Keywords: Neuromuscular diseases; Myasthenia gravis; Deglutition; Deglutition disorders; Respiration; Muscle strength


AAMG: Acquired Autoimmune Myasthenia Gravis; l/min: Liters/Minute; mg: Milligram; MIP: Maximal Inspiratory Pressure; MEP: Maximal Expiratory Pressure; PCF: Peak Cough Flow; PEF: Peak Expiratory Flow


Neuromuscular diseases are a group of disorders that compromise the motor unit (i.e. the lower motor neuron of the cell body, its extension, the neuromuscular junction or muscular tissue [1-3] without cardiovascular, hormonal or metabolic implications [3]. Among the neuromuscular diseases that usually affect the stomatognathic system functions (breath, voice, speech, chew and swallow), the Myasthenia Gravis has a special importance [4].

The most frequent symptoms are strabismus, diplopia, ptosis, dysphagia, dysarthria, dysphonia, dyspnea and fatigue. Fatigue symptoms seem to be worse in the afternoon period and can be aggravated by physical exercise, infections and emotional factors. The most affected muscle groups are the oculomotor, orbicularis oculi muscles, masticatory and those dependent of the ninth and tenth cranial nerves [5].

Dysphagia may be the first or the only symptom of disease [6]. Bulbar alteration may be the only manifestation of Myasthenia Gravis, and the patients may have nasality changes, nasal reflux, and difficulty in food bolus control with possible bronchoaspiration [7].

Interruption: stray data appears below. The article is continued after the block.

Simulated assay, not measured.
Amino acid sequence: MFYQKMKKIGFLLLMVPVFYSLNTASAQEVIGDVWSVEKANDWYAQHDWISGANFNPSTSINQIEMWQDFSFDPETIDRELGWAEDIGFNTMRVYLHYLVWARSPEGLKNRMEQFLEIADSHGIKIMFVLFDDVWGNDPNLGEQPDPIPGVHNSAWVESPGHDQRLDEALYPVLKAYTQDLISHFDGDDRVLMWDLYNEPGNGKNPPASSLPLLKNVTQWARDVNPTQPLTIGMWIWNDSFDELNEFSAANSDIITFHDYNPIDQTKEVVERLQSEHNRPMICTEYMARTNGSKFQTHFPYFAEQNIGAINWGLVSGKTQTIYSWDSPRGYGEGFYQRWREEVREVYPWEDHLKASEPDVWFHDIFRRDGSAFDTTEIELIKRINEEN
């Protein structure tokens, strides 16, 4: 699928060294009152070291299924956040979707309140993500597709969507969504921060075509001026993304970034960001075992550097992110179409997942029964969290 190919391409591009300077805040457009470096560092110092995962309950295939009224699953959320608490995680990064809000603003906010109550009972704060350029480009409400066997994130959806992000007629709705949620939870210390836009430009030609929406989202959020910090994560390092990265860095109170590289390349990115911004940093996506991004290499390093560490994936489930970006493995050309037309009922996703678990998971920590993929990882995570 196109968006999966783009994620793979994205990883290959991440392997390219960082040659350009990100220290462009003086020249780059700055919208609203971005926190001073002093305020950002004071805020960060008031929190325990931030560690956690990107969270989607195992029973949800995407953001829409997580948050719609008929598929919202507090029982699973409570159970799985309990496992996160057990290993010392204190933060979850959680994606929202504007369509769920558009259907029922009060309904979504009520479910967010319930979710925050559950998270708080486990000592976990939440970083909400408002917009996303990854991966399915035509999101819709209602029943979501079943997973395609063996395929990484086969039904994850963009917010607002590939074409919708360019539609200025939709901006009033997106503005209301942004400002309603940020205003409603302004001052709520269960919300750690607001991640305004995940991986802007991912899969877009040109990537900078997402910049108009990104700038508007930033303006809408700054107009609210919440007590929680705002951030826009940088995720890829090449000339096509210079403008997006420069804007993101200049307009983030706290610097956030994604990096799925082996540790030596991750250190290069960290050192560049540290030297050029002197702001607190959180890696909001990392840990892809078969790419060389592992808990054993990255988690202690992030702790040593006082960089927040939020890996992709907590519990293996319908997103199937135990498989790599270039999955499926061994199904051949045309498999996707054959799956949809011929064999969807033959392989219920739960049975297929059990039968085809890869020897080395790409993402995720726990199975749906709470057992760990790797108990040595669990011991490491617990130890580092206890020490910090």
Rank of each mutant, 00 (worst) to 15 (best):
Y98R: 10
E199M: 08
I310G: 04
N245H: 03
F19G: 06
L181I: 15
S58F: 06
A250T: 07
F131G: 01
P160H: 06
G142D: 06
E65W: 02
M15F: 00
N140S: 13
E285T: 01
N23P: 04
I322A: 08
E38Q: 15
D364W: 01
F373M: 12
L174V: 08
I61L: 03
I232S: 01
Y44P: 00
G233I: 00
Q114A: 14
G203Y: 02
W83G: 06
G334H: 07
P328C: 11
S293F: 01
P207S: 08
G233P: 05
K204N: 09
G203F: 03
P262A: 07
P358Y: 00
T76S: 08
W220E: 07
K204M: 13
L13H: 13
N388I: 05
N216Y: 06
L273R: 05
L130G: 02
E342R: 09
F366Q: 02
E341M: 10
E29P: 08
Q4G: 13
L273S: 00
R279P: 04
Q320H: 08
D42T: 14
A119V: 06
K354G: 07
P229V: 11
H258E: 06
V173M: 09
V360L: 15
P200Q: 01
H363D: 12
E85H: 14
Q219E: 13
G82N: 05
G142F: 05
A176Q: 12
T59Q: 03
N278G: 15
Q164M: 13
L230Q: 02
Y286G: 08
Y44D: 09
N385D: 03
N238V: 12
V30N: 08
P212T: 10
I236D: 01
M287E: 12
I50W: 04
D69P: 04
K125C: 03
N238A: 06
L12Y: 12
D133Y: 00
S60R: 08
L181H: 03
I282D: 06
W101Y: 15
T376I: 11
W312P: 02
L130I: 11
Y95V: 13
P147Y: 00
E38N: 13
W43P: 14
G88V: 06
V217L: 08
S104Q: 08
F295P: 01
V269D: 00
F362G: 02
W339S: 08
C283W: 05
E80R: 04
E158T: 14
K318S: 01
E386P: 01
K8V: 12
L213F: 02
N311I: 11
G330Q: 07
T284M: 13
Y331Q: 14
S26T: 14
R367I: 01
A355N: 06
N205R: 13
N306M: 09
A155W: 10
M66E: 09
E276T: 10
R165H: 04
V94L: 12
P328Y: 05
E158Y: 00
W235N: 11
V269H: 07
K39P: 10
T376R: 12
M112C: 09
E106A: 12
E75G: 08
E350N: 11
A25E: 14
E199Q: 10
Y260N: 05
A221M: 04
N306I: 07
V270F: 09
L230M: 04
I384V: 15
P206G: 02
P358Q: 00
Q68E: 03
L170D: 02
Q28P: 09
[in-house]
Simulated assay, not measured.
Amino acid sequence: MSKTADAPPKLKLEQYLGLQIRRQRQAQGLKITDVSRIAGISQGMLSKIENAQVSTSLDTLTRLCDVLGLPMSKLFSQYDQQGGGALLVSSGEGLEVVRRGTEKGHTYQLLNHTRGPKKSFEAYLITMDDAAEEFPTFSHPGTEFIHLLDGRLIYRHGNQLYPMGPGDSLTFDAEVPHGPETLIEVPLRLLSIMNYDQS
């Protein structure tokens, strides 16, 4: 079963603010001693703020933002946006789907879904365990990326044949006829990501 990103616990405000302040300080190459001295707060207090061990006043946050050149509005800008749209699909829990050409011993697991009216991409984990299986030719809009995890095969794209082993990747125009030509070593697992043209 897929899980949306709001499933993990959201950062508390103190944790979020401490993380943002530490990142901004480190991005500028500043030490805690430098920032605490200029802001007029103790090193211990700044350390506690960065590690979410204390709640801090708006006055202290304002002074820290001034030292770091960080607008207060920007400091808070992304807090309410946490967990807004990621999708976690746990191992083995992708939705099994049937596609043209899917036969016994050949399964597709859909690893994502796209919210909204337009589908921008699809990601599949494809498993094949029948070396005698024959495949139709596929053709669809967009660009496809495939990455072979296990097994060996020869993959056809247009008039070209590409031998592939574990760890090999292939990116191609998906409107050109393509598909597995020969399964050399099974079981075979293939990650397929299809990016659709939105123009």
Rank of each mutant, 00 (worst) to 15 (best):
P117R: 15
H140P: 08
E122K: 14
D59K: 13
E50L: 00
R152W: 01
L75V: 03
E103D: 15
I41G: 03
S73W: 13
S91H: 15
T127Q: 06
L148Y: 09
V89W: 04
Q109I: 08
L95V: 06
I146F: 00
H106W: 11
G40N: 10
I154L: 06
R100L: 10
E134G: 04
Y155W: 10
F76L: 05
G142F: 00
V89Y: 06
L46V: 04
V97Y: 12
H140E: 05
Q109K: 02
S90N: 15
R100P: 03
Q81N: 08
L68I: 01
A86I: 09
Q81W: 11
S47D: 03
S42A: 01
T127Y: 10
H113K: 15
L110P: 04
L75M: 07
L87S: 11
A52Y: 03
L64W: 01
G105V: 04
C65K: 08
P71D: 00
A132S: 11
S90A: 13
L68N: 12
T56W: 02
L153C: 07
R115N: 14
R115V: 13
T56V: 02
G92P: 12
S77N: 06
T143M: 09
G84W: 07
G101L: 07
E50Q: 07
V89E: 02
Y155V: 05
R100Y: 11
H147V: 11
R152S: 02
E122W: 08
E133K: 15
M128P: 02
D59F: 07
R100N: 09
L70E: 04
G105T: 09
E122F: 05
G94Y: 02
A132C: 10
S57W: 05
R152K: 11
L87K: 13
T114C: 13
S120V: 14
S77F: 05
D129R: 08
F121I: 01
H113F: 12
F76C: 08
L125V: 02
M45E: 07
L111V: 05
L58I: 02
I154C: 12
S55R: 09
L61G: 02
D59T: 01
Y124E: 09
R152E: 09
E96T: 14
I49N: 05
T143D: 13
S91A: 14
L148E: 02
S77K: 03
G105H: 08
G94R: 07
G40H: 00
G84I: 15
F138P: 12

The impairment of respiratory muscles is unsystematic, varying from dyspnea at rest until intense dyspnea on exertion [4]. The worsening of respiratory function can be related to the myasthenic crisis, where the patient presents a severe weakness compromising the proper airway functioning [8].

Characteristic muscle weakness of AAMG leads the patients to present respiratory disorders (i.e. dyspnea and respiratory accessory muscles use), and to monitor respiratory function, especially during daily living activities. For this reason the constant decline of the vital capacity, inspiratory muscles pressure, and loss of the upper airway integrity are commonly observed [9]. The impairment of respiratory function may involve, dysphagia worse, explained by pressure changes in laryngeal structures. Therefore, myoelastic component alteration (by weakness and muscle fatigue) add to the aerodynamic component change (by pressure reduction in the airways) could influence a more severe dysphagia scenario. Oropharyngeal dysphagia is a highly debilitating condition and should be evaluated and treated in the course of the disease avoiding secondary complications (i.e. nutritional deficiency, dehydration and pulmonary complications due to tracheal aspiration) [4].